A Word about Chiggers

I hate chiggers.  No surprise… Does anyone like them?  It seemed too good to be true.  I was fishing alone, nailed some beautiful pond-raised catfish, and had the fishing hole all to myself.  The next day, I realized some friends had come home with me.  Ugggg….

After scratching and digging at the mysterious “chiggers” I decided to learn a little more about them. It seemed a good thing to discuss because just about anyone that camps will get into chiggers at some point.  They are easy to get rid of but it’s no fun when you have them…

A chigger is a mite, a relative of the spider and tick.  They love dense vegetation and often live in clusters.  You can walk right by large groups of them or right through their camps.  I got into the little bastards while fishing in weeds wearing long pants and clog shoes.  Chiggers attach themselves to clothing and then find some tasty soft skin such as on your calves, backs of knees, tops of the feet, crotch areas, etc.  Chiggers cannot chew through dense, tough skin such as the bottoms of your feet.  Where they do attach, they can really be annoying – particularly to those of us with circulation problems (diabetics) and are wary of any leg injuries.  I have nasty sores where they have been feasting and I had scratched like a dog with fleas.  That was at the two day mark.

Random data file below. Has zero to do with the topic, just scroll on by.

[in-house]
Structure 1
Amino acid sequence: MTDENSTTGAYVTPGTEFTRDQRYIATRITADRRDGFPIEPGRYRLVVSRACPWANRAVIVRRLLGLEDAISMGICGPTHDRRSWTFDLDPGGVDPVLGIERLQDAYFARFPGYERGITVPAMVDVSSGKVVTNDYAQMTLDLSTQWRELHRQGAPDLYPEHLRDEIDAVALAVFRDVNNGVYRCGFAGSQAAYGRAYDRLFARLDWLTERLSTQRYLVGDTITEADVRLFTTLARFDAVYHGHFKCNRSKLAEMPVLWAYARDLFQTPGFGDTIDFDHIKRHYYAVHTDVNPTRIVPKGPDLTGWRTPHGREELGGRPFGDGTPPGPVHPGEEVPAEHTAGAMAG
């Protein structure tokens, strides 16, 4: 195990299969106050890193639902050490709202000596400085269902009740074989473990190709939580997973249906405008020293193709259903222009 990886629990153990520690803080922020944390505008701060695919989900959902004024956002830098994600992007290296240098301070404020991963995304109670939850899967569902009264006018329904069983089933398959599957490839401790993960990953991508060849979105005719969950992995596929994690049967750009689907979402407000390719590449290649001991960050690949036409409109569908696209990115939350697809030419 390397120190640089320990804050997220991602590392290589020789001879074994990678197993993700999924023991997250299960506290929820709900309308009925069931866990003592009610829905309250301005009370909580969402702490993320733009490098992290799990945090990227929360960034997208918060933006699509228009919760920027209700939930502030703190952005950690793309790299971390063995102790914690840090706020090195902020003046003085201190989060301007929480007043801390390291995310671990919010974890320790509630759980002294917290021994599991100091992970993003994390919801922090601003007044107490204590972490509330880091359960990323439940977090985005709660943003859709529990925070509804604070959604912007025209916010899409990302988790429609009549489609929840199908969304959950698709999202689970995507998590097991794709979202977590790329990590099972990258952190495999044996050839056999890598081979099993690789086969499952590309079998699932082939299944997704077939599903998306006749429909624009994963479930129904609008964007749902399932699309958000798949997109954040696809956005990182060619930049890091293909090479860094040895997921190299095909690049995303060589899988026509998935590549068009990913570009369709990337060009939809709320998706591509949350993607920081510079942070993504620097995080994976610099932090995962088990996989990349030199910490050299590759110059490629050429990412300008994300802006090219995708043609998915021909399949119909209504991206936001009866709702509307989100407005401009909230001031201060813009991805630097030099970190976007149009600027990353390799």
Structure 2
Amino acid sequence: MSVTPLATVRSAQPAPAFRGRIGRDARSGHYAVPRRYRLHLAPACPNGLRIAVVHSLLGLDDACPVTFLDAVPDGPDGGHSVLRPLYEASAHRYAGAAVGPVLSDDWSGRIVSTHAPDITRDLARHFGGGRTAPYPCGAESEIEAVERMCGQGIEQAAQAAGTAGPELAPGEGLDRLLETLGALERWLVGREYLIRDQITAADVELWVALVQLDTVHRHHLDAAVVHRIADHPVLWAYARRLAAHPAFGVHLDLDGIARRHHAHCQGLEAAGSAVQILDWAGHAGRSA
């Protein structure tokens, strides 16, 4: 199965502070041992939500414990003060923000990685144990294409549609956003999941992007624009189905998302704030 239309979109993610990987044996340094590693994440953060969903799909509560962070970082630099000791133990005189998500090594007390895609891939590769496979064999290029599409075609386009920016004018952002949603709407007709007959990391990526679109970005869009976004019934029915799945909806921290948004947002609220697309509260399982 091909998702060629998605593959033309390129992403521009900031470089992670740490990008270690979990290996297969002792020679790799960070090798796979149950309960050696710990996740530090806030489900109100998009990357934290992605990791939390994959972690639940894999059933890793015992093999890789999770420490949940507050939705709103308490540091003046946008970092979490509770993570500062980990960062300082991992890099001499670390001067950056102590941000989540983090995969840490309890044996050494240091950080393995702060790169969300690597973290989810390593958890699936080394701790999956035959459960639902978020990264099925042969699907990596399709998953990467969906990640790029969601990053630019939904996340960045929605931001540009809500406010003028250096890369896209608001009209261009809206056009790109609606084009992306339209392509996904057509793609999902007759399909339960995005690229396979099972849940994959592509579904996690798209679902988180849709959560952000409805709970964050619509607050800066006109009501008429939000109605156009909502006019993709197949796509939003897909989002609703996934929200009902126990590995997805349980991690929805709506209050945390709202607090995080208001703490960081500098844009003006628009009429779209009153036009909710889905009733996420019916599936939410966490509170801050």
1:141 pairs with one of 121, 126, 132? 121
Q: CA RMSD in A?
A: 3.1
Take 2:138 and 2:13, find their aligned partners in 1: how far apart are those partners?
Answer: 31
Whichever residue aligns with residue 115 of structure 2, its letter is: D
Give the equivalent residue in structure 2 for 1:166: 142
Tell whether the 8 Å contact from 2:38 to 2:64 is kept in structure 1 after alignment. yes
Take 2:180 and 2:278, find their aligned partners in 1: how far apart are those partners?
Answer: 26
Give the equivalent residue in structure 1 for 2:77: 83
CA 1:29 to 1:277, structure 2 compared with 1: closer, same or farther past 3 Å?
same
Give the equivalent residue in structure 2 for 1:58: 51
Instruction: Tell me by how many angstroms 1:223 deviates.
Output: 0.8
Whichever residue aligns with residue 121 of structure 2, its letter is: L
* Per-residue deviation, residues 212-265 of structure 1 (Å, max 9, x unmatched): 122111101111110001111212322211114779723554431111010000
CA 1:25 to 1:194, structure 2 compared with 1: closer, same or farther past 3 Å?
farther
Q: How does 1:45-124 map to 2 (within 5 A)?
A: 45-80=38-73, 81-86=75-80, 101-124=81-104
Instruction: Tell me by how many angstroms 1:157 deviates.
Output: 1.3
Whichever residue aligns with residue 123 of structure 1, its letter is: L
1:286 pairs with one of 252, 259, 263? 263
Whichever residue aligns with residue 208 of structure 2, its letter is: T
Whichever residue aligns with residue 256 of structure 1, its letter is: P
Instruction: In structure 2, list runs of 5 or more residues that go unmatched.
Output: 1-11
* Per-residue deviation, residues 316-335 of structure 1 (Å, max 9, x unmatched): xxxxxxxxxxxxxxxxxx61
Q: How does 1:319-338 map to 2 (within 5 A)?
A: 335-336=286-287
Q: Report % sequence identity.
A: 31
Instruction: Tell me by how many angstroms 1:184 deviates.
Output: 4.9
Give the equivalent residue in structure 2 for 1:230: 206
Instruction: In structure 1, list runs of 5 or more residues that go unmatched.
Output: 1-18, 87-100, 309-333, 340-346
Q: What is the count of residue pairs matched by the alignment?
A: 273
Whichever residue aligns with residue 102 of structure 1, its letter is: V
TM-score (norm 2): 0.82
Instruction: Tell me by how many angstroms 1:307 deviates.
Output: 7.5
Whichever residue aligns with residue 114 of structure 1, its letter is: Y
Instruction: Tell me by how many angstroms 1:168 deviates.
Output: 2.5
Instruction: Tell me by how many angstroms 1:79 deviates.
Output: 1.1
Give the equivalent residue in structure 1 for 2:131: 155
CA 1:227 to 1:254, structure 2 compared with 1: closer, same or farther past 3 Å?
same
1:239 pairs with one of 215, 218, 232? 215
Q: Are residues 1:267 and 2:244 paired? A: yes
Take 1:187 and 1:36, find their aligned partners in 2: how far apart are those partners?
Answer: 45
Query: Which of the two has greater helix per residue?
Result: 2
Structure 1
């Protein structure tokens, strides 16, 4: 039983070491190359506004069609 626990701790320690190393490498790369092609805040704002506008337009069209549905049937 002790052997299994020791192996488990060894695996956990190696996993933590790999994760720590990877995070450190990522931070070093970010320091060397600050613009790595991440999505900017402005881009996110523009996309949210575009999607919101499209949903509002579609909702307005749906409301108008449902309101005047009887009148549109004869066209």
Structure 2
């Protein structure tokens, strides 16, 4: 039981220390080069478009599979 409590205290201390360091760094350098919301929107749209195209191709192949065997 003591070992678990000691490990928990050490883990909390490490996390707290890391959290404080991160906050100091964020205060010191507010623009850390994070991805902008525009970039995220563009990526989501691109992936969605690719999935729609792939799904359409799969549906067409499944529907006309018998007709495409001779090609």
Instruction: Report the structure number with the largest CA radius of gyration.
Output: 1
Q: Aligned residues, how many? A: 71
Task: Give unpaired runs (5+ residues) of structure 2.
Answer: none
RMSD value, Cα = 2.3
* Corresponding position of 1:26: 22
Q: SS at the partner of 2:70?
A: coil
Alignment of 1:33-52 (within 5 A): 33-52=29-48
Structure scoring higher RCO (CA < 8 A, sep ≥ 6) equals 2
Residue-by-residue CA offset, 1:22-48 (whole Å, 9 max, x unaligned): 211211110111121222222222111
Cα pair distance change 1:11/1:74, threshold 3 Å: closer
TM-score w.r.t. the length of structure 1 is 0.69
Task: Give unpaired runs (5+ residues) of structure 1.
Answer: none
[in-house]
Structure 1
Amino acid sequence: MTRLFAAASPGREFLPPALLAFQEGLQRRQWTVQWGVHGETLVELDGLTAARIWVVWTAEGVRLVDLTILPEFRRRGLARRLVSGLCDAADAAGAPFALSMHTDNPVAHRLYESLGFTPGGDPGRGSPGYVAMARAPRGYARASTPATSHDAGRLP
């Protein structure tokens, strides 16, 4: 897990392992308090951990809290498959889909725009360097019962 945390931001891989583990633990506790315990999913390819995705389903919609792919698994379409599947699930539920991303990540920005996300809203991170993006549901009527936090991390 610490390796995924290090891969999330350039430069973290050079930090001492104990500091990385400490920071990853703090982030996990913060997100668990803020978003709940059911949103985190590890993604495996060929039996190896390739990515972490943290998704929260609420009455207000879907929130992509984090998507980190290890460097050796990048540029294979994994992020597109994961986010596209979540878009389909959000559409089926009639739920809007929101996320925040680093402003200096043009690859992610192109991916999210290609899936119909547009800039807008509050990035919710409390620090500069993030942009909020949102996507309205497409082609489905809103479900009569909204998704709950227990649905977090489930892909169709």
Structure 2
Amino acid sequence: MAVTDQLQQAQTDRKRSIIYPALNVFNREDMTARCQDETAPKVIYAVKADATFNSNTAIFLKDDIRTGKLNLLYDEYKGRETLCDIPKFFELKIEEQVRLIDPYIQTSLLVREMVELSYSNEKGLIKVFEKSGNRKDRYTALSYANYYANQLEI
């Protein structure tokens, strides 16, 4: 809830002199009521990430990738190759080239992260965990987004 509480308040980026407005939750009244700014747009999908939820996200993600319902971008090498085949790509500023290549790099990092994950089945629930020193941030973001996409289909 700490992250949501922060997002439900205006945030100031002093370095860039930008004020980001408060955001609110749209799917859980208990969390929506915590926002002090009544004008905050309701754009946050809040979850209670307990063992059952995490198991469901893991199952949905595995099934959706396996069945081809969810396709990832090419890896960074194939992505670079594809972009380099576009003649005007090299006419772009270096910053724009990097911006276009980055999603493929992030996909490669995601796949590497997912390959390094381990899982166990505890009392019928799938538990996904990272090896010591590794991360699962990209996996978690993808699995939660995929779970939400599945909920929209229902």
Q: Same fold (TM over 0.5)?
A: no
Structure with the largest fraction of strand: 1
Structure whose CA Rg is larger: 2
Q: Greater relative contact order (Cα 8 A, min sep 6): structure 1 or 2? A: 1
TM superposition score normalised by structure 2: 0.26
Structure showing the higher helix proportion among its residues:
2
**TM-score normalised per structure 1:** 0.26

Chiggers continue to stay attached to you for a few days.  They don’t suck blood as many believe.  Chiggers bite into you and emit a spittle that liquefies skin.  It is on the dissolved skin that they feed.  After a few days chiggers fill up on their meal and eventually fall off.  The itchy wounds heal and all you have is a memory.  As annoying as they can be, you can hasten the chiggers’ departure.

Here are some recommendations I’ve compiled from reading and experience:

1)  Strip naked and shower or wipe down immediately after a lot of contact with vegetation.

2)  If already being bitten, multiple wiping with baby wipes helps keep the area clean and helps fight the itching.

4)  A good antiseptic spray helps heal bites and sooth itching.

5)  Try using a good insect repellent on your legs, particularly from the calves downward.

6)  Wear socks and shoes or boots when trudging through the weeds.  It wouldn’t hurt to spray them with bug killer after possible contact.

7)  DON’T SCRATCH TOO MUCH, particularly if you are DIABETIC.  If you keep digging, you can injure legs that don’t heal up too easily.  Wipe down your legs often with soapy water or baby wipes and ride out the itching.

I hope this information is helpful to those who like to be in the great outdoors.  A little prevention and extra hygiene will help.  One note… During the hour while researching and writing this note, I have wiped down three times with baby wipes.  Nearly all the pain and itching has vanished.

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